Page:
However, the format of the data poses significant challenges to its application and often results in laborious manual extraction to turn it into structured disease codes or specific data sets such as cancer registries. These manual processes are not scalable for the level of discrete data required for analytics and outcomes analysis, but how can this be addressed?


Natural Language Processing (NLP) is a hot topic in healthcare.

At this year's AMIA Annual Symposium, in Washington DC,  we brought the discussion on clinical NLP to a roundtable held on Monday lunchtime and were also invited to the AMIA NLP workgroup to present some real-life use cases in clinical NLP.

However, as much as we like sharing what we're doing, we were keen to know what other people think when it comes to how NLP can transform patient care, today and in the future.

So that’s what we did – we asked peers at the AMIA conference that question (How can NLP transform patient care?) as part of a contest with an incentive of an iPad Mini and $50 Starbucks voucher for 1st and 2nd place respectively.

More than a third of entries identified mining the unstructured, free text narrative of a medical record to be crucial to the transformation of patient care. Unsurprising really, if you consider that around 80% of data in an electronic health record is unstructured and the only real way to get this information into a useable format is using NLP.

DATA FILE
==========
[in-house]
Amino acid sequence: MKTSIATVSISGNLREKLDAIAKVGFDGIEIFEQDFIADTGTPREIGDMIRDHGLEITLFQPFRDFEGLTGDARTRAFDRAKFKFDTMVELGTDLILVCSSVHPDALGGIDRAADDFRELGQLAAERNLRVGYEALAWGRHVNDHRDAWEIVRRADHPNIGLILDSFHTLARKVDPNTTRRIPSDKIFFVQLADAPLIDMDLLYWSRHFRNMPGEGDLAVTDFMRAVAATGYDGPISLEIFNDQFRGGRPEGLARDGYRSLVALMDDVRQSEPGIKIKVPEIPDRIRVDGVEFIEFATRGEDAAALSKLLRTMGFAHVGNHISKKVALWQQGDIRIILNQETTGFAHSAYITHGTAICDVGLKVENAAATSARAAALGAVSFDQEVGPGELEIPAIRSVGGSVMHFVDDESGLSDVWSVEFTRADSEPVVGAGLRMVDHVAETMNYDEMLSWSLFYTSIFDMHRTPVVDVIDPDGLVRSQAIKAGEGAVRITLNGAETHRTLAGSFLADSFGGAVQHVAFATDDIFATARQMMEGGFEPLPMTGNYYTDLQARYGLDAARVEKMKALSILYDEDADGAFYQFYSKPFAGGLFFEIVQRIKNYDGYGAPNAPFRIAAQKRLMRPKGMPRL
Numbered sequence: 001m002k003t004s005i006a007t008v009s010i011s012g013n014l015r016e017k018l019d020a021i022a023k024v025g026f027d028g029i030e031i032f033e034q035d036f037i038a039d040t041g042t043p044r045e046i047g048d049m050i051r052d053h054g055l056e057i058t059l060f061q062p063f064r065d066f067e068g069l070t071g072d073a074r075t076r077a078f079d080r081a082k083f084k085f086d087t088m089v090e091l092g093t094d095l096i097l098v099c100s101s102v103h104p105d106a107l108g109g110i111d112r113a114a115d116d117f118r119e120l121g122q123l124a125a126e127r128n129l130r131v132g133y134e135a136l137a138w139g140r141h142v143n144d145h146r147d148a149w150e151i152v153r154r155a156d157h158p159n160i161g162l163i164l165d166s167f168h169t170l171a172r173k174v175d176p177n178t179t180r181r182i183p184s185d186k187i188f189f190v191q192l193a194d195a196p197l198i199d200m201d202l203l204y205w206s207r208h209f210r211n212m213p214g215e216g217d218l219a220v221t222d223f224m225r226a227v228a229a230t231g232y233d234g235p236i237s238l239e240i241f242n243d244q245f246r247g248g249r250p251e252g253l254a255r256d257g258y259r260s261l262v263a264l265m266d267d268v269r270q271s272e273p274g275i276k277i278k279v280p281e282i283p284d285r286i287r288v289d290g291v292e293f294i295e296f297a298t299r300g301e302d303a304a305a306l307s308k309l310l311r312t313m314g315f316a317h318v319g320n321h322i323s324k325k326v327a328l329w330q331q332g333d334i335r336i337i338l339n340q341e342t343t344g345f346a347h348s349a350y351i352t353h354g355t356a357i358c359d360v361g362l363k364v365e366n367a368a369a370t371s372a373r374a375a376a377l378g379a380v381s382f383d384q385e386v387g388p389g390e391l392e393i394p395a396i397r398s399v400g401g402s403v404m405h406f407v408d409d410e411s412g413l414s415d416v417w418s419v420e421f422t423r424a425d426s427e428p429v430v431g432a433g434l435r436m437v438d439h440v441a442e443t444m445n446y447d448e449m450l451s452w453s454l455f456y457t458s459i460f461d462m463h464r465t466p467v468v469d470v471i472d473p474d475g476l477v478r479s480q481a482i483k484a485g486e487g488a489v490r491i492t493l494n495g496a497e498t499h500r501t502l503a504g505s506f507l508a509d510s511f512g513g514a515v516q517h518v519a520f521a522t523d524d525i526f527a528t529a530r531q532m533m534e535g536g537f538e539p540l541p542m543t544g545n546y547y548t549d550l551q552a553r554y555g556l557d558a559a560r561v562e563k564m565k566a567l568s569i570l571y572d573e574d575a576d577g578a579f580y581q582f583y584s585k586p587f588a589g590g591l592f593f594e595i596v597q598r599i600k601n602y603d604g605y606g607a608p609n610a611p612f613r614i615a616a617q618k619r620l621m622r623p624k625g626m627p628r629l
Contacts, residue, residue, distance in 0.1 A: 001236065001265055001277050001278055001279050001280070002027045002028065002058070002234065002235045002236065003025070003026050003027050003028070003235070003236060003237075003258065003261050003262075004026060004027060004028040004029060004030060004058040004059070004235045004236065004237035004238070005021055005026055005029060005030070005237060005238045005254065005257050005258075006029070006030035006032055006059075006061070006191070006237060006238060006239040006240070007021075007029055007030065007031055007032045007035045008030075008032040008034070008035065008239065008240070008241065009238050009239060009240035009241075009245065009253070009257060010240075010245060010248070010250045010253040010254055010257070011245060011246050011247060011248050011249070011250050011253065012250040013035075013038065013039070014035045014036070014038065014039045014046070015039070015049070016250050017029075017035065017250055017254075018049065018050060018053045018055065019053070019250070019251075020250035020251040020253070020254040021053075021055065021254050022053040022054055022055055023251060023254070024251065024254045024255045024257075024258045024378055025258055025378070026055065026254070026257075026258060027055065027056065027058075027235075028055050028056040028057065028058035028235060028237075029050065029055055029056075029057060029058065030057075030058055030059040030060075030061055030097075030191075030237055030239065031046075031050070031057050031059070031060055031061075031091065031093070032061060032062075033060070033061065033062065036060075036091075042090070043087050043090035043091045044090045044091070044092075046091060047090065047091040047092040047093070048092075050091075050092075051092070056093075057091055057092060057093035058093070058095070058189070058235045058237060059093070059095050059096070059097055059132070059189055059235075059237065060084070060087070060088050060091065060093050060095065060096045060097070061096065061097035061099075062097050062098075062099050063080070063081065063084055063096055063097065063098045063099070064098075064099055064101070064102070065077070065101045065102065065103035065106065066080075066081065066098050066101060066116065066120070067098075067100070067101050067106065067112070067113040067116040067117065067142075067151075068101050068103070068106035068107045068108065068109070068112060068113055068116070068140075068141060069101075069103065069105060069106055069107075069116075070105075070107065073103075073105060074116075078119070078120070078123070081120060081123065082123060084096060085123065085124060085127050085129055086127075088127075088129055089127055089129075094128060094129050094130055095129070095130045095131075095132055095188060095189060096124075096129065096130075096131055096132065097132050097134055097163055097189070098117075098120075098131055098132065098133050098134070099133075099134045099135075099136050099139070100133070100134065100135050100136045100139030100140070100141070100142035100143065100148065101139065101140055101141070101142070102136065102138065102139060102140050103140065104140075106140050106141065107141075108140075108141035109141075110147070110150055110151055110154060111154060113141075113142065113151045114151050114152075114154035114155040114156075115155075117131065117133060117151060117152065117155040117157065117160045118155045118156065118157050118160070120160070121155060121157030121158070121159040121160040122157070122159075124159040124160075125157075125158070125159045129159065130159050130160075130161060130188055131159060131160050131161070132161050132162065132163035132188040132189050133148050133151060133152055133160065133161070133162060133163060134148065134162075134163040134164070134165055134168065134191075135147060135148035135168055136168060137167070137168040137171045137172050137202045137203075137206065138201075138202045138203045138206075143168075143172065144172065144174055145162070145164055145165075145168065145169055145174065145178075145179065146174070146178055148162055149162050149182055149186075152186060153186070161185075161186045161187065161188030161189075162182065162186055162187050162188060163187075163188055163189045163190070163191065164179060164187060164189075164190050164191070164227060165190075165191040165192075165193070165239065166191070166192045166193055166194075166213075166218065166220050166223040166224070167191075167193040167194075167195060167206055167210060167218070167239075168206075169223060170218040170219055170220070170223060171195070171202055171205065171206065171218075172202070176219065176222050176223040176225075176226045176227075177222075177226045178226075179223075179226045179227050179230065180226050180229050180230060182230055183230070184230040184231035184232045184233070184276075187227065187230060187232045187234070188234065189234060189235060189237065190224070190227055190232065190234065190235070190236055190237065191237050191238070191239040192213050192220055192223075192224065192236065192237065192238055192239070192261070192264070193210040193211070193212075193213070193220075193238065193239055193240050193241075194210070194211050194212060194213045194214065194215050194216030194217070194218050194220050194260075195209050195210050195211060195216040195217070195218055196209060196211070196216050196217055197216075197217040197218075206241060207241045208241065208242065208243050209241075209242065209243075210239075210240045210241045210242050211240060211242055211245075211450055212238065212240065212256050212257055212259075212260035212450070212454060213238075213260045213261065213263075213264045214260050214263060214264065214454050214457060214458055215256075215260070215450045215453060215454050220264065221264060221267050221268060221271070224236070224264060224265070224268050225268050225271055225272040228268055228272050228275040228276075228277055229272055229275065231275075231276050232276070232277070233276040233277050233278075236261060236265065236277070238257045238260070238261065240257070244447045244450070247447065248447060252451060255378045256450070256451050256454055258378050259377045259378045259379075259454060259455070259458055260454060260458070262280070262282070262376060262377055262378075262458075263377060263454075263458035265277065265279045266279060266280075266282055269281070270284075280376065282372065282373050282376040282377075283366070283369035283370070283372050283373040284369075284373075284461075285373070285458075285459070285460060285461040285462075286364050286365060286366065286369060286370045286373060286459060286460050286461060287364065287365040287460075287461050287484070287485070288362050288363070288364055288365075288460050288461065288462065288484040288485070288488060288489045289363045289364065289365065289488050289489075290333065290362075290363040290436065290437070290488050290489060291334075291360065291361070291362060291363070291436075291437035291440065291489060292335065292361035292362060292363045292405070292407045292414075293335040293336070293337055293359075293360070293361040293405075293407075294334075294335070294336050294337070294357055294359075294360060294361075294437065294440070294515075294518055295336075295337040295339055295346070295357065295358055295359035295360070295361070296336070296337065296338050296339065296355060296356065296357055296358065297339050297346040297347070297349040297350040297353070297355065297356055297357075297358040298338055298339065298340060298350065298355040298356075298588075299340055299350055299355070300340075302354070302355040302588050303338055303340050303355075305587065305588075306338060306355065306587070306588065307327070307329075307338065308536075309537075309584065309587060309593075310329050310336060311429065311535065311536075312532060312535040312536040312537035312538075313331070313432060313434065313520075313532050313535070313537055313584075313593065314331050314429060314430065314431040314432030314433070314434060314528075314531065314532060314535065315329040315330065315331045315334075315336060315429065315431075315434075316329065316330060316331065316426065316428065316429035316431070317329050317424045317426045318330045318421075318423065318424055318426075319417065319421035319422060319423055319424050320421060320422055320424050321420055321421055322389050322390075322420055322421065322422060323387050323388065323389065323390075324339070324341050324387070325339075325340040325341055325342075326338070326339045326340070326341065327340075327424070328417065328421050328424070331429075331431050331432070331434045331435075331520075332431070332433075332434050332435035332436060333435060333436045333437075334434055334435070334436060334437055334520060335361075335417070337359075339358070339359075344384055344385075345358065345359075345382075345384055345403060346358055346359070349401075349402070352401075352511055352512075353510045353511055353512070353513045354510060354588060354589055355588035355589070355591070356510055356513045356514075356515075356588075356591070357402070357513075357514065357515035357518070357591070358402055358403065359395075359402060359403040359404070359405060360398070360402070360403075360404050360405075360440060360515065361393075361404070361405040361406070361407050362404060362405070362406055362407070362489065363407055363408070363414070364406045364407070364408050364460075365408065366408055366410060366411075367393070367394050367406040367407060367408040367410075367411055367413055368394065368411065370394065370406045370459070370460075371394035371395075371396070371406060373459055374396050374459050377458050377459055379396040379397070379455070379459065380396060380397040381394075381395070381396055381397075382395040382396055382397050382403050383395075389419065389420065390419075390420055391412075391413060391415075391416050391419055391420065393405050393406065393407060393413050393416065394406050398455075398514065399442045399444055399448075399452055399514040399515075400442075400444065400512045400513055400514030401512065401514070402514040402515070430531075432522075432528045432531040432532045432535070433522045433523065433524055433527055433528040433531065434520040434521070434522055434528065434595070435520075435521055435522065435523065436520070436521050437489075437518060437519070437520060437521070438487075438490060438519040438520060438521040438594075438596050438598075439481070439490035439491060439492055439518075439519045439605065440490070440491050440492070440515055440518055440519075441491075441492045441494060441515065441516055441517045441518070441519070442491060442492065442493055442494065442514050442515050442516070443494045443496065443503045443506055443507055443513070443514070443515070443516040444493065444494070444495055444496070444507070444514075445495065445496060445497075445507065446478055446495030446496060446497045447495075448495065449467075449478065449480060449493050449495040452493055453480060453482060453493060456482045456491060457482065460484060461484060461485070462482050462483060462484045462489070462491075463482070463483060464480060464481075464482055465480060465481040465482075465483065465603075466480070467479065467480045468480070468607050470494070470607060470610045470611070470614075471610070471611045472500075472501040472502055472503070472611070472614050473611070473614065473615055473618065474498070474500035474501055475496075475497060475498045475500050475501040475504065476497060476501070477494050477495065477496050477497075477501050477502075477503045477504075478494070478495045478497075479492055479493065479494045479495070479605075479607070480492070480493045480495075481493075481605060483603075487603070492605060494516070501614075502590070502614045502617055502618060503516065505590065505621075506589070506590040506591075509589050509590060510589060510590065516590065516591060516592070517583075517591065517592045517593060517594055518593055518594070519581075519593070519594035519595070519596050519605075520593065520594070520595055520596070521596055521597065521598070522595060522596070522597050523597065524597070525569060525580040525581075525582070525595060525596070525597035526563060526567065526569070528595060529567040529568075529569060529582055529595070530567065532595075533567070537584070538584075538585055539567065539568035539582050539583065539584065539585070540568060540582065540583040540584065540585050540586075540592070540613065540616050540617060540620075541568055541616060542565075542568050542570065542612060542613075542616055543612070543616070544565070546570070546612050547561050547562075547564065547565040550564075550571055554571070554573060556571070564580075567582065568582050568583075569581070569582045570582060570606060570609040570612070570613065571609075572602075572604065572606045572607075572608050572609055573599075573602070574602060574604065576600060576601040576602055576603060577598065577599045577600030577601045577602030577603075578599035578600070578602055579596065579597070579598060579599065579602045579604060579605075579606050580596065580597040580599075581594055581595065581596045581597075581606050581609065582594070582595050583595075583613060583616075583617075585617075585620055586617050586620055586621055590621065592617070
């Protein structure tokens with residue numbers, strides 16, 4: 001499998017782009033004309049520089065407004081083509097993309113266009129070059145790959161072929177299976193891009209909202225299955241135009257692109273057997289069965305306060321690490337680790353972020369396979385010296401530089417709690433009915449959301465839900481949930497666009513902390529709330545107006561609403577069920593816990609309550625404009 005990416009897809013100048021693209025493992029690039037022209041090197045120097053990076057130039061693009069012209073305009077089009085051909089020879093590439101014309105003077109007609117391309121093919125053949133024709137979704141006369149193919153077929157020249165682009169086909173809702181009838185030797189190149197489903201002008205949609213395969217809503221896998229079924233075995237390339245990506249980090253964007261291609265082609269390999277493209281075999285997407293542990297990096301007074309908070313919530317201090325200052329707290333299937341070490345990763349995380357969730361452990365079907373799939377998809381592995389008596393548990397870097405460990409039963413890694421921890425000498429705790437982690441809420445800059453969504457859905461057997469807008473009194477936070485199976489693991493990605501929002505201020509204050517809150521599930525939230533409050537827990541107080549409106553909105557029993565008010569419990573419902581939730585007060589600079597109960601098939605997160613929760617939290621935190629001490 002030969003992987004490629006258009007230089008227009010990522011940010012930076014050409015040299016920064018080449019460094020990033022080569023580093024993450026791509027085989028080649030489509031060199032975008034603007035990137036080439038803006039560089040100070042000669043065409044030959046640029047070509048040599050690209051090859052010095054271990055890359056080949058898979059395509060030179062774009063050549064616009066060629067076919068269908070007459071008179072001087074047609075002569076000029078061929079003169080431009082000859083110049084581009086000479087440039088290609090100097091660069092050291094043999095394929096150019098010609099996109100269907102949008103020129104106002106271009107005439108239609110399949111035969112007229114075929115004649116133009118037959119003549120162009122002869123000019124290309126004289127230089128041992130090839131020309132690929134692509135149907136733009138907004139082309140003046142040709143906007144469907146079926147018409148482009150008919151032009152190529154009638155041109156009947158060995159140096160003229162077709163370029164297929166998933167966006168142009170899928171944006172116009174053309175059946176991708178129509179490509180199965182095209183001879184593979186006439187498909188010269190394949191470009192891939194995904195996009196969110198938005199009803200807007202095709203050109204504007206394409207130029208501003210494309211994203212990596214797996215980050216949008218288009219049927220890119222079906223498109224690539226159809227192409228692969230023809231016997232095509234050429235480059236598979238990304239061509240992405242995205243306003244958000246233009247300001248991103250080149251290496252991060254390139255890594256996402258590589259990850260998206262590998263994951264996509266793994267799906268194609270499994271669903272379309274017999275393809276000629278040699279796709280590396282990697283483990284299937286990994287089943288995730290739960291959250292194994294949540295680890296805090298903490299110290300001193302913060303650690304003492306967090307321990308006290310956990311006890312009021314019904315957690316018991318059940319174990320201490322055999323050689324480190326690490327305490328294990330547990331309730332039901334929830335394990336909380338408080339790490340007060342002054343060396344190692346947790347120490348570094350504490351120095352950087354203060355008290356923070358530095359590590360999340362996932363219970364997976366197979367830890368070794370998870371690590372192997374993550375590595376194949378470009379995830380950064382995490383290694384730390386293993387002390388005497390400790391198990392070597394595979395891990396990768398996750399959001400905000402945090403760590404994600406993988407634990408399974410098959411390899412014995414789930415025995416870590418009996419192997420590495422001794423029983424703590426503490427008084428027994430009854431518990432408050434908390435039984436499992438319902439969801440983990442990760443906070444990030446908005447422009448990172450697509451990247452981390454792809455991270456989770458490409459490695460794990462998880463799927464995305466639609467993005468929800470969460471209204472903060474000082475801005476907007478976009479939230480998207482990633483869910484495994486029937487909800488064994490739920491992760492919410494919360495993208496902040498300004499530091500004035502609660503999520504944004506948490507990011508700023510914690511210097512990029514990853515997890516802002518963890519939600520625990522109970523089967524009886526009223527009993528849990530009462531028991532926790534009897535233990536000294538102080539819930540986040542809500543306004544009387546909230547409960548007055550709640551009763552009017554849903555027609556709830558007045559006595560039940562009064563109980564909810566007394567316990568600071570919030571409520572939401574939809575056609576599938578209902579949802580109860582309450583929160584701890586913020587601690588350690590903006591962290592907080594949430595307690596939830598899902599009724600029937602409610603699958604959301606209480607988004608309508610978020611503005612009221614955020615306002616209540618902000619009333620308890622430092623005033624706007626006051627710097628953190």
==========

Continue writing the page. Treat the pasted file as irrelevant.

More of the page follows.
But what was interesting was the difference in how to use this data. Ideas included; for better patient information, for using the extracted coded concepts in clinical decision support and to retrieve full patient cohorts.

It was a tough contest to judge but the winning entry came from Edgar Chou at Drexel University College of Medicine. He had a few ideas but the one we thought was most interesting, with the potential to have the greatest impact on patient care was to around the payer care mix.


Rehospitalization is a serious problem in medicine.

Medical aspects are complicated by end of life care issues as well as a regulatory environment in which hospitals can experience financial penalties for "excess" rehospitalization rates. Existing rehospitalization predictive models, most of which are based on administrative data, have poor statistical performance, as do models that employ limited physiologic data.